With one side accusing the other of preferring to allow mass killings rather than endure even modest gun safety laws, and the other firing back with accusations of an attempt at total gun confiscation, all in the dust of the mass killing at Umpqua, it is easy to see how some very simple yet interesting facts can get lost.
One such fact is that mass killings, although horrific, are very minor, relative to the number of homicides that occur in the United States. According to IJReview.com from 2009 and 2013, the US lost 227 people to “rampage shootings.” We can all wish that this number was much lower, but it is still only 0.003% of the number of overall murder victims during the same period.
Secondly, despite the President’s claim that "This type of mass violence does not happen in other advanced countries. It doesn’t happen in other places with this kind of frequency,” this sort of mass killing happens in a number of other advanced countries, and with greater frequency than in the United States.
Also, there seems to be no clear correlation between the number of gun ownership and the number of gun murders. The United States ranks first on the list of guns owned per capita but 111th on list of countries by intentional homicide rate, while Switzerland ranks fourth on the list of nations by gun ownership but ranks only 209 on the list of gun murders per capita, for example. Furthermore, according to the National Review, “The number of guns in the United States has increased by 62% since 1994 but gun violence has decreased by 49% since 1993.
While it would be difficult for anyone who looks at the ranking of countries by intentional homicide rate to miss that while poverty seems to be a contributing factor for a country to have a high homicide rate, it is far from the most decisive factor. Honduras, for example, although a poor nation, is a wealthier nation than the Ivory Coast, but has a homicide rate several times as high, despite a similar rate of gun ownership. It seems safe to assume then that culture plays a greater role than either income or rate of gun ownership in causing high homicide rate.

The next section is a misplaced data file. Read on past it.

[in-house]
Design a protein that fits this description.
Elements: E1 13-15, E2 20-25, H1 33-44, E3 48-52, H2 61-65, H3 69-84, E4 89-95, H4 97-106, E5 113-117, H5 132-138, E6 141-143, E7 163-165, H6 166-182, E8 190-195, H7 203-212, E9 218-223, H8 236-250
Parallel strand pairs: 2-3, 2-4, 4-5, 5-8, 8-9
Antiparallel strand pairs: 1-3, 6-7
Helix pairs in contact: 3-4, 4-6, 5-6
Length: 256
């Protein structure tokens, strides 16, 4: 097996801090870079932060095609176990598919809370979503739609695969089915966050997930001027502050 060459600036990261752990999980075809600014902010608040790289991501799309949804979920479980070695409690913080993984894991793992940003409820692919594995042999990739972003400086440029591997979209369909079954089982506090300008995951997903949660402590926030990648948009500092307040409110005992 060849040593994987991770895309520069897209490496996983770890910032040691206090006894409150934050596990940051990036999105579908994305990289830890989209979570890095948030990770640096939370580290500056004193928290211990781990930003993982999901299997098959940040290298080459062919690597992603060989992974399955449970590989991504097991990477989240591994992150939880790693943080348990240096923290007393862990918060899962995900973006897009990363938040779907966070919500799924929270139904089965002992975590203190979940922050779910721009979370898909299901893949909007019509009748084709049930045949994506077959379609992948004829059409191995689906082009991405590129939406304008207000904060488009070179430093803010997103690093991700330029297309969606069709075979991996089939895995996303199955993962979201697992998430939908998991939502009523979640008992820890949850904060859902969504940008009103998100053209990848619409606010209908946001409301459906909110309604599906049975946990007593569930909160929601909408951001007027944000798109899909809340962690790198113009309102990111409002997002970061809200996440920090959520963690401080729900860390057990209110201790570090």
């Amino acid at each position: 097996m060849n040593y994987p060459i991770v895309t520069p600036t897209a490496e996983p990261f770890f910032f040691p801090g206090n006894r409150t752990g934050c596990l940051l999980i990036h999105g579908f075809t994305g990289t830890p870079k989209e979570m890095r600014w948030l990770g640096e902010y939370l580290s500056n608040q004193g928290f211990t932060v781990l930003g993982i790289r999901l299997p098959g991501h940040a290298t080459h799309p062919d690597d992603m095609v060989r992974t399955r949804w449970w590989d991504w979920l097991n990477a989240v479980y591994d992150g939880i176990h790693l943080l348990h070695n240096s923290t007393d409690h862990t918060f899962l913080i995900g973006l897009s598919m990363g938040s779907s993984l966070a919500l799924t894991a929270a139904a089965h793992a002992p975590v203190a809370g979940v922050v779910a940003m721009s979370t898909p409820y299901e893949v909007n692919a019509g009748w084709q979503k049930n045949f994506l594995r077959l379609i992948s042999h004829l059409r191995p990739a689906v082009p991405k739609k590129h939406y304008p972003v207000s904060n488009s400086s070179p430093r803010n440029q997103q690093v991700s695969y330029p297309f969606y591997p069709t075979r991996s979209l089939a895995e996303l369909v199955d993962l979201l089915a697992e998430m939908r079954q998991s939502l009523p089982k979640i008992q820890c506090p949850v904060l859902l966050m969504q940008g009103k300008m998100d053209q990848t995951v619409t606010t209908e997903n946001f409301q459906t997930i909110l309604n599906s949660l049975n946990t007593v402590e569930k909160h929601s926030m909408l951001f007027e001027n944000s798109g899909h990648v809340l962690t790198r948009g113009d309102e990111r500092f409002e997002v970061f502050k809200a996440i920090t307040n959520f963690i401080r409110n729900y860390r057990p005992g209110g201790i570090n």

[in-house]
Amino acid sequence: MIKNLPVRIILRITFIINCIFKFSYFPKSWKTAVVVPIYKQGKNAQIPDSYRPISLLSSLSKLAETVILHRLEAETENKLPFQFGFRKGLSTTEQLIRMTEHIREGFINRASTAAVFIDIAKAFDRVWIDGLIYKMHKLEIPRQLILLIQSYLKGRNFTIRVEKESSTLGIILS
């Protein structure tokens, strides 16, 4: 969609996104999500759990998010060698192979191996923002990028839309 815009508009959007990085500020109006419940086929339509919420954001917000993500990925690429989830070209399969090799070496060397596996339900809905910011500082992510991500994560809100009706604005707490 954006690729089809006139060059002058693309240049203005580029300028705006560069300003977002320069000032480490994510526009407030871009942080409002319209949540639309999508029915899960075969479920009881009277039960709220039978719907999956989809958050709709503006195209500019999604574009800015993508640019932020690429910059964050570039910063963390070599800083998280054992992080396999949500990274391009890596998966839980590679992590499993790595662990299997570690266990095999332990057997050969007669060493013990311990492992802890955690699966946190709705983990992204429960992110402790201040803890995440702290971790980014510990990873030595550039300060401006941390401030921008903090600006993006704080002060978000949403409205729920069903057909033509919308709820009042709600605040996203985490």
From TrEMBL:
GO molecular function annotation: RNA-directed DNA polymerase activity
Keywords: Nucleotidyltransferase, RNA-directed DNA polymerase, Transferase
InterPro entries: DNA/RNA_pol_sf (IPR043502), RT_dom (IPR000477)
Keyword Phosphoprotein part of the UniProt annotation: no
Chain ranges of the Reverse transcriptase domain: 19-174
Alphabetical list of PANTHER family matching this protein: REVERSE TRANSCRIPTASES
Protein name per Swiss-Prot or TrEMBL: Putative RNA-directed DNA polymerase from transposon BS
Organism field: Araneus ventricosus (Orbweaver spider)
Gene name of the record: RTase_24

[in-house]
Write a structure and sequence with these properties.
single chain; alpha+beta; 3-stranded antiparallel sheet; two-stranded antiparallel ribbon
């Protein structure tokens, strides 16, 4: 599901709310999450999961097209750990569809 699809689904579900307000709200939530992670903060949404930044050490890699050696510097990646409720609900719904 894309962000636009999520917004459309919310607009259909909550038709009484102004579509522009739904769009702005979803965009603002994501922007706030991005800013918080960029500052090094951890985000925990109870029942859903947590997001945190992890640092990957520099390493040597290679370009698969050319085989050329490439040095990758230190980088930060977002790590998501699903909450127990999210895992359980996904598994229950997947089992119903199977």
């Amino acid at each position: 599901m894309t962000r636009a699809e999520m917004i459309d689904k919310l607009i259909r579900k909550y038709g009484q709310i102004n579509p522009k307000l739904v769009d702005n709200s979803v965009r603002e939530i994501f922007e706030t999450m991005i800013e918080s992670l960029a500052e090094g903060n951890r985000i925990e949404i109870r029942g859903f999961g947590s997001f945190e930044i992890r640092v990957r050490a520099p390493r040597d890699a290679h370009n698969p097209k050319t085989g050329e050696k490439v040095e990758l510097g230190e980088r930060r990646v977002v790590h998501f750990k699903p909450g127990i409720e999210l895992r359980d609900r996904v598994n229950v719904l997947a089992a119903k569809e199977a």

We see a similar pattern here in the United States. According to neighborhoodscount.com, the Utah county of Tooele has one of the highest number of guns per household in the country (59.1%), a median household income of similar to the New Jersey city of Trenton, but saw no gun murders in 2012, while Trenton saw 37.
The cultural impact upon the murder rate is even more vivid along racial lines. According to FBI.gov, 50% of all murder victims in the United States are African Americans, and 93% of these victims were killed by other African Americans.
[mks_pullquote align="right" width="300" size="24" bg_color="#000000" txt_color="#ffffff"]". . . according to the National Review, 'The number of guns in the United States has increased by 62% since 1994 but gun violence has decreased by 49% since 1993.'"[/mks_pullquote]